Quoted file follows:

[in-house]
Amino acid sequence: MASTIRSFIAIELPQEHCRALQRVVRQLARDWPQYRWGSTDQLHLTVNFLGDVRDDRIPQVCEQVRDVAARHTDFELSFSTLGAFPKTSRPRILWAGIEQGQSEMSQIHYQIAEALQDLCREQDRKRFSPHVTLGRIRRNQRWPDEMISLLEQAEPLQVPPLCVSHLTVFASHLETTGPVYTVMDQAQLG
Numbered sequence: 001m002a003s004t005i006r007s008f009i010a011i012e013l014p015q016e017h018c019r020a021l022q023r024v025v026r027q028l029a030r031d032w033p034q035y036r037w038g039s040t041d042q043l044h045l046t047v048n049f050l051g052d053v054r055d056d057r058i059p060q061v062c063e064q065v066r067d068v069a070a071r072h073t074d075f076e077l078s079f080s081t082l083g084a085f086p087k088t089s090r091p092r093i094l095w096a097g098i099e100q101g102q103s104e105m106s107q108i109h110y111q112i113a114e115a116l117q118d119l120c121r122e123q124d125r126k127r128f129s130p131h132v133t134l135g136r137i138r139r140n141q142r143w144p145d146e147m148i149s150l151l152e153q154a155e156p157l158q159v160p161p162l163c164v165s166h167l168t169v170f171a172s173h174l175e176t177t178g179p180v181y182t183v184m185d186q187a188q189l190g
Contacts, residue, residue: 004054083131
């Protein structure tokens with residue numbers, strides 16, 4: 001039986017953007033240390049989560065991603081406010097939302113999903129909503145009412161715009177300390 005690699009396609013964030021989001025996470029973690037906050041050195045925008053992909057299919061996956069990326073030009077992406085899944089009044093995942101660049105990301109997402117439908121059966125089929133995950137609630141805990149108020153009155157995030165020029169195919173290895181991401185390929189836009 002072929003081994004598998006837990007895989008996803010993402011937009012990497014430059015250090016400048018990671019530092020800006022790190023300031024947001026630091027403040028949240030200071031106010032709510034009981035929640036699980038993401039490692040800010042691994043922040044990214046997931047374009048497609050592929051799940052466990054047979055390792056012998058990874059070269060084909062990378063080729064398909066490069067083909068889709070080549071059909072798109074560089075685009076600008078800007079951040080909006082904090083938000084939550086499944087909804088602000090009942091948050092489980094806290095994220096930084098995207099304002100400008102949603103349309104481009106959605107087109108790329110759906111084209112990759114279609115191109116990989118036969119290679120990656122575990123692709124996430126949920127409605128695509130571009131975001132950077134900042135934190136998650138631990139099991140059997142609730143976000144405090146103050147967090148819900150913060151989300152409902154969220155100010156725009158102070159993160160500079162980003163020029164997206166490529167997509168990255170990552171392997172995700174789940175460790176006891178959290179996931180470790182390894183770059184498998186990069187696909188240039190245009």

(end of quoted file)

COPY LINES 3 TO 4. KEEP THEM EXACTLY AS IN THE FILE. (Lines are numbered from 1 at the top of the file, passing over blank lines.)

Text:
Numbered sequence: 001m002a003s004t005i006r007s008f009i010a011i012e013l014p015q016e017h018c019r020a021l022q023r024v025v026r027q028l029a030r031d032w033p034q035y036r037w038g039s040t041d042q043l044h045l046t047v048n049f050l051g052d053v054r055d056d057r058i059p060q061v062c063e064q065v066r067d068v069a070a071r072h073t074d075f076e077l078s079f080s081t082l083g084a085f086p087k088t089s090r091p092r093i094l095w096a097g098i099e100q101g102q103s104e105m106s107q108i109h110y111q112i113a114e115a116l117q118d119l120c121r122e123q124d125r126k127r128f129s130p131h132v133t134l135g136r137i138r139r140n141q142r143w144p145d146e147m148i149s150l151l152e153q154a155e156p157l158q159v160p161p162l163c164v165s166h167l168t169v170f171a172s173h174l175e176t177t178g179p180v181y182t183v184m185d186q187a188q189l190g
Contacts, residue, residue: 004054083131